Curator of Greek and Roman art at the Getty Museum, 1973-1985; fired for impropriety. Frel's father was an elementary school teacher in a Czechoslovakian village. The family changed the name to Frel from one of Jewish origin to escape Nazi persecution during their occupation. After World War II, Frel studied at the Sorbonne école normale supérieure in Paris. He returned to Czechoslovakia where he taught classical art at Charles University (Universitas Carolina) from 1948 to 1968. During the 1968 Czech revolt, he defected from Czechoslovakia, then under communist rule, to the United States. He taught at Princeton University before joining the staff of Metropolitan Museum of Art, New York, in 1970 as associate curator of Greek and Roman Art. In 1973 the American billionaire J. Paul Getty (1892-1976) appointed him curator of ancient art for his future museum, the J. Paul Getty Museum. Working with Getty, who had narrow views of art, and the board of directors, proved difficult and Frel actually found himself soliciting donations from outside the museum for greater freedom to purchase. After Getty's death in 1976, the museum, recipient of his fortune, became the wealthiest in the world. Frel married the classicist curator Faya Causey (later divorced). At the Getty, he was assigned to acquire the best classical works of art available as the Museum's focal-point collection. He used two principal antiquities dealers, Giacomo Medici in Italy and Robert Hecht of Los Angeles, both of whom were subsequently accused of major antiquities export violations in Italy. He acquired thousands of small ancient Greek pottery sherds to fill the collection which later scholars charged to be of dubious research value. Frel also devised a scheme where individuals could buy works from Hecht's antiquities gallery and donate them to the Getty for inflated values Frel secured. In 1979, Frel was instrumental in buying a stone head of Achilles for the Museum, supposedly carved by Scopas, for $ 2.5 million. Frel hired Marion True (b. 1948), then a Ph.D candidate in classical art, to catalog objects. In 1982 the Museum hired Arthur A. Houghton III (b.1940), son of Metropolitan Musuem of Art Board President Arthur A. Houghton, Jr. (1906-1990), formerly of the U.S. State department and a Corning Glass heir, as its Associate Curator of Antiquities. Houghton uncovered, Frel's overvaluing the donations of objects to the Museum by donors for tax breaks. Some of the most aggregious of which were Frel's typing valuations on dealer stationary. Over the eleven years he worked at the Getty, his evaluation of donations totaled a purported $14.4 million. The Museum launched an internal probe and Frel was relieved of acquisitions duties in 1984 for what the museum publicly termed ''serious violations of the museum's policies and rules regarding donations to the antiquities collection," but still kept on the Museum's payroll, succeeded by Houghton. In 1985 a purchase of a Greek kouros (standing nude youth) was made at Frel's urging and based on Frel's attribution of 6th century B.C. The Museum paid for $7 million. Federico Zeri, then the only art historian on the Getty's board, denounced it as a fake. The attribution was effusively supported by New York Times art critic John Russell. Though the kouros was added to the museum, the controversy grew. Ultimately, the Museum decided to describe the Getty kouros as ''6th century Greek or modern forgery.'' Then, in 1987, a University of Mainz professor, German Hafner, proved that the stone Achilles' head Frel had purchased wore an incorrect helmet for the period, one apparently copied from another 19th-century fake. Frel's judgments were attacked in the popular press by the former director of the Metropolitan Museum of Art in New York, Thomas Hoving, editor of Connoisseur magazine, and Geraldine Norman (b. 1940), a freelance writer for the arts for the London Independent in 1986. Frel moved back to Europe after these incidents. His wife divorced him. He died at age 82 and is buried at Pere-Lachaise cemetery in Paris. Frel's disregard for provenance and legal ownership apparently continued. Marion True, his eventual successor at the Getty, resigned because of litigation by the Italian government over stolen works.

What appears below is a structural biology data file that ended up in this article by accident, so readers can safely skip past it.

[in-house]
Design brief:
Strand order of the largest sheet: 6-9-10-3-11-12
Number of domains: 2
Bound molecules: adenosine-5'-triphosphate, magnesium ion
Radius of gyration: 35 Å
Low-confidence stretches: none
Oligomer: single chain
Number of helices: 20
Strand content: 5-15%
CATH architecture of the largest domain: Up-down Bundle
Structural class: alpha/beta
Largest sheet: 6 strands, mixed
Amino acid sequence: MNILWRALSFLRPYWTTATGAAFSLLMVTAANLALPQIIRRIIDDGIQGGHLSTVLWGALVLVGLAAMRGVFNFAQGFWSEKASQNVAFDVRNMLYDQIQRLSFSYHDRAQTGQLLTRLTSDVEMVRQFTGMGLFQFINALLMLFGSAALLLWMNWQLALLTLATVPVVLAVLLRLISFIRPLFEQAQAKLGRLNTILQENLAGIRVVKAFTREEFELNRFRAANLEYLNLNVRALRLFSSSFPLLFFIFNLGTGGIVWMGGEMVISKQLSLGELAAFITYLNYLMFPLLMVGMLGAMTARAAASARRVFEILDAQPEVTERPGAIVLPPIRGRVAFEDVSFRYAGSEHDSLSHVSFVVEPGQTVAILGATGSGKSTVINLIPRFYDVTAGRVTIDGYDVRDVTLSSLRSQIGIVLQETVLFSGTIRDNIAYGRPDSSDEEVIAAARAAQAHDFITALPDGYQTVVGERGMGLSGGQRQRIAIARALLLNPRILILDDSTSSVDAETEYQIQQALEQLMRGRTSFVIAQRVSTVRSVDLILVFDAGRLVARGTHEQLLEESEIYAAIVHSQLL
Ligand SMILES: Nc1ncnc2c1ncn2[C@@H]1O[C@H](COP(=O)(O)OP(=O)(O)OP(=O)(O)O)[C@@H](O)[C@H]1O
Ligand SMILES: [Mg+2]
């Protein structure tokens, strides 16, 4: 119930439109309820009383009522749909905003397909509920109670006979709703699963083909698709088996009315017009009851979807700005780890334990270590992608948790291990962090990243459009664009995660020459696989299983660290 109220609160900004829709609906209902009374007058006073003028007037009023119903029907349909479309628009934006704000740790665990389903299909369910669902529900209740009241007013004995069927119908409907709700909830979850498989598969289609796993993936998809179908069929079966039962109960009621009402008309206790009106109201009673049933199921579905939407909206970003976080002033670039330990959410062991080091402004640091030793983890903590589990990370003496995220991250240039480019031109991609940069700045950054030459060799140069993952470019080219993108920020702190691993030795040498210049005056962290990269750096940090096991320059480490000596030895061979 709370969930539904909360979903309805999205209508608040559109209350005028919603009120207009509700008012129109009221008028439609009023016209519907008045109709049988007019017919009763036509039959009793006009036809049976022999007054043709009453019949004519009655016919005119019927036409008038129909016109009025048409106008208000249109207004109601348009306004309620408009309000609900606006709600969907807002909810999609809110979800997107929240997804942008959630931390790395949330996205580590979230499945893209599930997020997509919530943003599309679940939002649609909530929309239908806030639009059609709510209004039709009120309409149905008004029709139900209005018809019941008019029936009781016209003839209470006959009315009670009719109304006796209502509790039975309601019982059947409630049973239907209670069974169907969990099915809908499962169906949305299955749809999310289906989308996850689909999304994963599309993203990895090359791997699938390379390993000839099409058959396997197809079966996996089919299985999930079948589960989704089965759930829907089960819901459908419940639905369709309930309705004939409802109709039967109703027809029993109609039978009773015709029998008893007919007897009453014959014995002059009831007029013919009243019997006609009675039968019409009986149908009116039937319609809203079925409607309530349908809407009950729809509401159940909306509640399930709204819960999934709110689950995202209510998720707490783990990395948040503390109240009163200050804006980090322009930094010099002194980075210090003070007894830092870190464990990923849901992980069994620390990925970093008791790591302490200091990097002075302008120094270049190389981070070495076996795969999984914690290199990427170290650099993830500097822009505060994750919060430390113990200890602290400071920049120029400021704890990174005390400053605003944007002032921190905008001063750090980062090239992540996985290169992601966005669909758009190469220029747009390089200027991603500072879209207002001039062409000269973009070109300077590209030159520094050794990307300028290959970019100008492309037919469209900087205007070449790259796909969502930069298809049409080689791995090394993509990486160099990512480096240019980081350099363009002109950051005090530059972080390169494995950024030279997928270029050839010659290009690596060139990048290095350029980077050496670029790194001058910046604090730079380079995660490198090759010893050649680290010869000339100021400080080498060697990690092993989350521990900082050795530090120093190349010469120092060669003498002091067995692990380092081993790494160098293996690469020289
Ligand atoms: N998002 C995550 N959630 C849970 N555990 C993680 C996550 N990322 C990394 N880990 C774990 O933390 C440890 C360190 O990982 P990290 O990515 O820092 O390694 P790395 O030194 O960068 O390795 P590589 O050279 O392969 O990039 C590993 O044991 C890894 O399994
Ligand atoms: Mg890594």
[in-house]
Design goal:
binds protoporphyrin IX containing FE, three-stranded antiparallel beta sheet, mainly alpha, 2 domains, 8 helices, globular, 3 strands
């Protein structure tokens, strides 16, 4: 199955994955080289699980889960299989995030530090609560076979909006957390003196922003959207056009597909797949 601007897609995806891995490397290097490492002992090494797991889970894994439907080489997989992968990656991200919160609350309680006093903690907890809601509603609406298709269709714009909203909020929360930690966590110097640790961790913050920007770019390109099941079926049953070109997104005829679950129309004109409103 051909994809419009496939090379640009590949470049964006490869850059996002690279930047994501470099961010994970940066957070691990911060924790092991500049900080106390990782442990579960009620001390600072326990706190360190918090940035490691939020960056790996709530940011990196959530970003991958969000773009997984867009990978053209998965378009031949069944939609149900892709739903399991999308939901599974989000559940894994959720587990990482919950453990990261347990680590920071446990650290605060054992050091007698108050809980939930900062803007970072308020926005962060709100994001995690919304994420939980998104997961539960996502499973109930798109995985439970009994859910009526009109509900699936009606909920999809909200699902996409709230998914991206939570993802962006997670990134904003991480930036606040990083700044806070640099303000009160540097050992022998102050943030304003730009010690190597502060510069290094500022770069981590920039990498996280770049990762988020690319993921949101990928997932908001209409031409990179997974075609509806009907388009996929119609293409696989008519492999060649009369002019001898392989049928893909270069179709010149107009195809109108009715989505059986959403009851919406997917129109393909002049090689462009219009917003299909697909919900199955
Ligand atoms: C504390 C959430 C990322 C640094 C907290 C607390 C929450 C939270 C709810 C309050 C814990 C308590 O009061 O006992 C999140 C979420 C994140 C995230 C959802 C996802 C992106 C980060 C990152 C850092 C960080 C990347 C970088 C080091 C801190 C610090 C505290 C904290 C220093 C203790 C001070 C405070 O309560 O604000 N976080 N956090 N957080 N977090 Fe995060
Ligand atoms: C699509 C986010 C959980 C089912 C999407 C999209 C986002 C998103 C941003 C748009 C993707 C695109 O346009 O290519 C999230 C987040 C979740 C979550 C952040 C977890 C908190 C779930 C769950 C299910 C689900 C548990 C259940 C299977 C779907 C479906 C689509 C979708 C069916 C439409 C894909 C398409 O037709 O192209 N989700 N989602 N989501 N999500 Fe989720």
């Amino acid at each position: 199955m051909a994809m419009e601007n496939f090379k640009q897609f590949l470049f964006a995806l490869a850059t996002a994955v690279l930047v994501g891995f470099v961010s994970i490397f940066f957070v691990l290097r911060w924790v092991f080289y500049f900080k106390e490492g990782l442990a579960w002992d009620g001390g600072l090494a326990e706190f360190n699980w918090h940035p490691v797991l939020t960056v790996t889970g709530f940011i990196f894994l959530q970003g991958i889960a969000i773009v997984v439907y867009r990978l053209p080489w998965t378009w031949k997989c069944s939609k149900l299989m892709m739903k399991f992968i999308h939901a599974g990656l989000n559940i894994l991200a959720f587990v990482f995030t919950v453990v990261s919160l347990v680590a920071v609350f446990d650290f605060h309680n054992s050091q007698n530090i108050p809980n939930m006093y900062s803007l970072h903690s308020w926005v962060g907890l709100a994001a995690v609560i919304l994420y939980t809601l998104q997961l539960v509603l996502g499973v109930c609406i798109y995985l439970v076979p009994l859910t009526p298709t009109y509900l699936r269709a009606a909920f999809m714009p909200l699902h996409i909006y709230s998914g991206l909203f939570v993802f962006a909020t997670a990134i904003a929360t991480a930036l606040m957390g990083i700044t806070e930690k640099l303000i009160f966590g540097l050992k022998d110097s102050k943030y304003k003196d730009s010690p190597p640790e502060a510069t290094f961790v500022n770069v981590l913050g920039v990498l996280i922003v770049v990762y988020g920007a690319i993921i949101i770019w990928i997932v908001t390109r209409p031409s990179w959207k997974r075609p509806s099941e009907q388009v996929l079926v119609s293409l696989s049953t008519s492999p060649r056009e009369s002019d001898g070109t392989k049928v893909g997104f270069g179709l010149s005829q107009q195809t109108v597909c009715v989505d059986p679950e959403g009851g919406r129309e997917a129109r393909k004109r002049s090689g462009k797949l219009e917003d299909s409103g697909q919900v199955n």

Contributions à l'iconographie grecque. vol. 5. Praha: Academia, 1969; The Getty Bronze. Malibu, CA: J. Paul Getty Museum, 1978; and Morgan, Sandra Knudsen. Roman Portraits in the Getty Museum. Tulsa, OK: Philbrook Art Center, 1981; Greek Portraits in the J. Paul Getty Museum. Malibu, CA: The Museum, 1981; Death of a Hero. Malibu, CA: J. Paul Getty Museum, 1984; and Houghton, Arthur, III, and True, Marion. Ancient Portraits in the J. Paul Getty Museum. Malibu, CA: The Museum, 1987ff.
Hoving, Thomas. "The Getty Kouros: Sixth Century B.C. or Twentieth Century A.D.?." Connoisseur 216 (September 1986): 100; Hoving, Thomas, and Norman, Geraldine. "The Getty Scandals: How the Questionable Activities of One Curator Cast a Shadow Over an Entire Museum." Connoisseur 217 (April 1987): 29; Norman, Geraldine. "Greek Youth Younger than He Looks? A Damaged Torso May Hold the Answer to One of the Most Famous Whodunits of the Antiquities Market." The Independent (London), July 14, 1990, p. 34; personal correspondence, Getty Museum; Eakin, Hugh. "An Odyssey in Antiquities Ends in Questions at the Getty Museum." New York Times October 15, 2005 p. B 7; Felch, Jason, and Frammolino, Ralph. Chasing Aphrodite: the Hunt for Looted Antiquities at the World's Richest Museum. Boston: Houghton Mifflin Harcourt, 2011; [obituary:] Kennedy, Randy. "Jiri Frel, Getty's Former Antiquities Curator, Dies at 82." New York Times May 17, 2006, p. 20.